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The last humble boon that I crave

Is to shade me with cypress and yew, And when she looks down on my grave

Let her own that her shepherd was tri

66 Then to her new love let her go,

And deck her in golden array, Be finest at every fine show,

And frolic it all the long day : While Colin, forgotten and gone,

No more shall be heard of or seen, Unless when beneath the pale moon

His ghost shall glide over the green.”

Rowe.

As on a summer's day
In the greenwood shade I lay,

The maid that I lov'd,

As her fancy mov’d,
Came walking forth that way.

And

And as she passed by,
With a scornful glance of her eye,

" What a shame," quoth she,

66 For a swain must it be, Like a lazy loon for to lie !

And dost thou nothing heed
What Pan our god has decreed ;

That a prize today
Shall be given away
To the sweetest shepherd's reed?

“ There's not a single swain Of all this fruitful plain,

But with hopes and fears

Now busily prepares
The bonny boon to gain.

6 Shall another maiden shine
In brighter array than thine?

Up, up, dull swain,

Tune thy pipe once again, And make the garland mine."

66 Alas!

1

“ Alas! my love,” I cried,
" What avails this courtly pride?

Since thy dear desert

Is written in my heart,
What is all the world beside?

66 To me thou art more gay
In this homely russet gray,

Than the nymphs of our green,

So trim and so sheen,
Or the brightest queen of May.

" What tho' my fortune frown,
And deny thee a silken gown;

My own dear maid,

Be content with this shade
And a shepherd all thy own."

Rowe.

To the brook and the willow that heard him complain,

Ah willow! willow ! Poor Colin went weeping, and told them his pain. “Sweet stream,” he cried, “ sadly I'll teach thee to flow, And the waters shall rise to the brink with my woe.

All

All restless and painful my Celia now lies,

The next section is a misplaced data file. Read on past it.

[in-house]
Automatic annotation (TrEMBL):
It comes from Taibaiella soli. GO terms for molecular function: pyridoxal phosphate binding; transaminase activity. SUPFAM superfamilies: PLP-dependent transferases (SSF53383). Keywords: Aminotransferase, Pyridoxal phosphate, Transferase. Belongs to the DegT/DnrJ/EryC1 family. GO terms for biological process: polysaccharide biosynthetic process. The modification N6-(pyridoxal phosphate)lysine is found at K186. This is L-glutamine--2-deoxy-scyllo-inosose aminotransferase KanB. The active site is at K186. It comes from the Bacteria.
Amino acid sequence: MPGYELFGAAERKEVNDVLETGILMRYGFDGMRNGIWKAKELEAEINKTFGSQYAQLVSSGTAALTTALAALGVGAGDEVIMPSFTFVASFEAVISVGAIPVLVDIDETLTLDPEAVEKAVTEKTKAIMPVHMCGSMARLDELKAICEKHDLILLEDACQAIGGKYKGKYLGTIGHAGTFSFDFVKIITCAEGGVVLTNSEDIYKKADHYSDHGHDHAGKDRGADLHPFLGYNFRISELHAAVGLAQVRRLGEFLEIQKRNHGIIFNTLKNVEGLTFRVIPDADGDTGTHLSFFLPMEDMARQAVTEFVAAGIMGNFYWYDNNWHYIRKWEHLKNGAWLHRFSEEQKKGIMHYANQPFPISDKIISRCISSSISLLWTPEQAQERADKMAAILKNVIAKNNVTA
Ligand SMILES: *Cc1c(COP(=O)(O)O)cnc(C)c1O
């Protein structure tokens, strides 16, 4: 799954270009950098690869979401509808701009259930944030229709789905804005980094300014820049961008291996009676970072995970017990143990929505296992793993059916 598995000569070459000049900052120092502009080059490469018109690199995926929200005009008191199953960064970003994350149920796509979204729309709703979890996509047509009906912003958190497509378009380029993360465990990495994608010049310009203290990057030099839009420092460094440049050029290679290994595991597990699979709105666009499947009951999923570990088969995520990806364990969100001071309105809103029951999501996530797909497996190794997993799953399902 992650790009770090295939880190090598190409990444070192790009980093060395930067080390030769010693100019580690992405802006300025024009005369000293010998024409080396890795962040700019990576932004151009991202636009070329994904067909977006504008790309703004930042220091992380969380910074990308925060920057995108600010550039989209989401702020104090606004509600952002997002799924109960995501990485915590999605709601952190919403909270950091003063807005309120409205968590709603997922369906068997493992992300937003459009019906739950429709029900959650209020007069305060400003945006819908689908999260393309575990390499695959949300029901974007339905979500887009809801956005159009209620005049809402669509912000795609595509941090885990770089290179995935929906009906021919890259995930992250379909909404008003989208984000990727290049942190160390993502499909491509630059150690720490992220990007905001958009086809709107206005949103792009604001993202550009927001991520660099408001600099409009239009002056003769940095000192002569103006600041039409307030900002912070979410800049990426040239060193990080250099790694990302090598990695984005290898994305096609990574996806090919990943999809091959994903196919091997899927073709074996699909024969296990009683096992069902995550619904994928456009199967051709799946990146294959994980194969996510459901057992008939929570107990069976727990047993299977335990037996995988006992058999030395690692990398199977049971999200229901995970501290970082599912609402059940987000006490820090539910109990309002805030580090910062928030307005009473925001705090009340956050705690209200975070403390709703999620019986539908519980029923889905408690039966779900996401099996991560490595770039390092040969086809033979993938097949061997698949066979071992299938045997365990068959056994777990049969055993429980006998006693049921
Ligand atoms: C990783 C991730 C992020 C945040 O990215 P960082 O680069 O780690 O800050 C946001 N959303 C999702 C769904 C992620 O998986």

And counts the sad moments of time as it flies.
To the nymph, my heart's love, ye soft slumbers, repair,
Spread your downy wings o'er her, and make her your care;
Let me be left restless, mine eyes never close,
So the sleep that I lose give my dear-one repose.
Sweet stream ! if you chance by her pillow to creep,
Perhaps your soft murmurs may lull her to sleep.
But if I am doom'd to be wretched indeed,
And the loss of my charmer the fates have decreed,
If no more my sad heart by those eyes shall be cheerd;
If the voice of my warbler no more shall be heard ;
Believe me, thou fair-one, thou dear-one, believe,
Few sighs to thy loss, and few tears will I give;
One fate to thy Colin and thee shall betide,
And soon lay thy shepherd down by thy cold side.
Then glide, gentle brook, and to lose thyself haste,
Fade thou, too, my willow; this verse is my last :

Ah willow ! willow! Ah willow! willow !"*

Rowe.

* This piece, written by the author on the occasion of the illness of the lady he afterwards married, has all the pathetic of real feeling, though under the garb of pastoral fiction.

DAPHNIS

DAPHNIS

APHNIS stood pensive in the shade, ,

With arms across, and head reclined ;
Pale looks accused the cruel maid,

And sighs relieved his love-sick mind :
His tuneful pipe all broken lay,
Looks, sighs, and actions seem'd to say,

“My Culoe is unkind.

« Why ring the woods with warbling throats?

Ye larks, ye linnets, cease your strains ; I faintly hear, in your sweet notes,

My Chloe's voice that wakes my pains : Yet why should you your song forbear? Your mates delight your song to hear,

But Chloe mine disdains."

As thus he melancholy stood,

Dejected as the lonely dove, Sweet sounds broke gently through the wood.

“ I feel the sound; my heart-strings move: 'T was not the nightingale that sung ; No, 'tis my Chloe's sweeter tongue,

Hark, hark! what says my love ? "

C

66 How

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